However, to ensure that wastes containing PFAS are properly contained, we can use methods like deep well injection, which places contaminated waste far underground beneath aquifers that supply drinking water; solid waste Subtitle D, or hazardous waste Subtitle C landfills; or they may be treated in incineration or fuel blending units permitted for RCRA hazardous waste.
Although the regulation and management of PFAS is in its early stages, it is likely to accelerate quickly. Our current situation is remarkably similar to the PCBs in the 1970s. Just like PFAS, PCBs and dioxins were widely used in a variety of products and industrial processes between the 1920s and 1970s.
Once it became known that PCBs and dioxins were linked to potential harmful side effects and just how concentrated they were in the environment (they were found in the ground, water, and living things from major cities to the arctic, and everywhere in between), public opinion turned rapidly against them. Regulators then moved quickly to ban the use of these chemicals in 1979.
PCBs and dioxins are regulated under CERCLA, they are banned from being manufactured, and the EPA has required reporting, record keeping, and testing. What this tells us about the current PFAS situation is that you need to act sooner rather than later. Industries and operations that use PFAS should get out ahead of the situation, take steps to limit their use, and implement safe ways to dispose of them, before they are forced to do so quickly by a rapid change in opinion and laws.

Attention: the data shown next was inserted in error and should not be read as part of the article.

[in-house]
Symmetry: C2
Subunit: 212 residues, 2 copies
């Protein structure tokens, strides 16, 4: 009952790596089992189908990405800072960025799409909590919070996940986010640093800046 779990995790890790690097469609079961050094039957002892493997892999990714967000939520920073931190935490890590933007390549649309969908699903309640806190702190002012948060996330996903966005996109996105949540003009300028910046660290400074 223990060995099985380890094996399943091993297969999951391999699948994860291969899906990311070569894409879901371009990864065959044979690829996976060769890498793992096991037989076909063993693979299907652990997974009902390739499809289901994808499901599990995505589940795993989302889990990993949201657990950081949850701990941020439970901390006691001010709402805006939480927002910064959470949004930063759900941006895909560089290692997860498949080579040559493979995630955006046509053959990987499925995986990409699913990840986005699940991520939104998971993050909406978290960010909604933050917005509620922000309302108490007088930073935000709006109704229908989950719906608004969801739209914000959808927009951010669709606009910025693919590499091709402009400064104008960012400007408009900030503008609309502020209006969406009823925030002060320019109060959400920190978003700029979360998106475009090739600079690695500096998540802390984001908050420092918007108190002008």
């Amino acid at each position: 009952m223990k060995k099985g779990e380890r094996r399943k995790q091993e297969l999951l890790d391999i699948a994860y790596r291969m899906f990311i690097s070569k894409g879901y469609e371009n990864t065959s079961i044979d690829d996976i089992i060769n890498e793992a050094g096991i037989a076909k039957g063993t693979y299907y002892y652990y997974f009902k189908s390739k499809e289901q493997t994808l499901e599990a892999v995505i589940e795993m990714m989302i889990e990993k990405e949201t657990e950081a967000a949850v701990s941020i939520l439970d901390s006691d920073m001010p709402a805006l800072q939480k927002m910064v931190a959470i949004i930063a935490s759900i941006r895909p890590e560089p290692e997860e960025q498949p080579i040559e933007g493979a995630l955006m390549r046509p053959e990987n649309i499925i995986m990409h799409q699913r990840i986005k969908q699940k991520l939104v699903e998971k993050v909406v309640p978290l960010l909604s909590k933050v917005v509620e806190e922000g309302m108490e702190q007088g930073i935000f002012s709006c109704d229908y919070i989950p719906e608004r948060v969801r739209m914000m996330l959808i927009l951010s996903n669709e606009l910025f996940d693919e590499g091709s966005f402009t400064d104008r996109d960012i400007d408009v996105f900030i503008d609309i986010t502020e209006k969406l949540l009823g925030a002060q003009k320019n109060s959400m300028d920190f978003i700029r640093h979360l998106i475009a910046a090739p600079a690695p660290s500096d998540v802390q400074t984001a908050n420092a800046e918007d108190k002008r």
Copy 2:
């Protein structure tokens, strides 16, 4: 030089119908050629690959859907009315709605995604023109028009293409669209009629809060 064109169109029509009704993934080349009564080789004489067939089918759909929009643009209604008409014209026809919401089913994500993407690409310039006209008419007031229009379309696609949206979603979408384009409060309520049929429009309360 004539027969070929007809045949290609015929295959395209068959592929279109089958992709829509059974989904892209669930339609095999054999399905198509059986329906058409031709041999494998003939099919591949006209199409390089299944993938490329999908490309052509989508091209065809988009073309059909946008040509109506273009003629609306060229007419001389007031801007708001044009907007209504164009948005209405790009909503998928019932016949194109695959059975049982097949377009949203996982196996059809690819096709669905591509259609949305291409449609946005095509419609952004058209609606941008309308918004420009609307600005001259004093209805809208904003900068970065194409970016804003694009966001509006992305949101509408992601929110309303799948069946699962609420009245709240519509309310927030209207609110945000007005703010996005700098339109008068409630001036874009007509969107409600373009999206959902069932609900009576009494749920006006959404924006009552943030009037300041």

The information contained in this statement is based on the Veolia group's understanding and know-how of the scientific and technical fields discussed herein as of the time of publication. Statements that may be interpreted as predictive of future outcomes or performance should not be considered guarantees of such, but rather reasoned assessments of the possible evolution of the technologies described. As this document is based on the state of the Veolia group's scientific, technical, and regulatory knowledge at the time of its publication, the completeness and accuracy of the information contained herein cannot be guaranteed. Descriptions contained herein apply exclusively to those examples and/or to the general situations specifically referenced, and in no event should be considered to apply to specific scenarios without prior review and validation.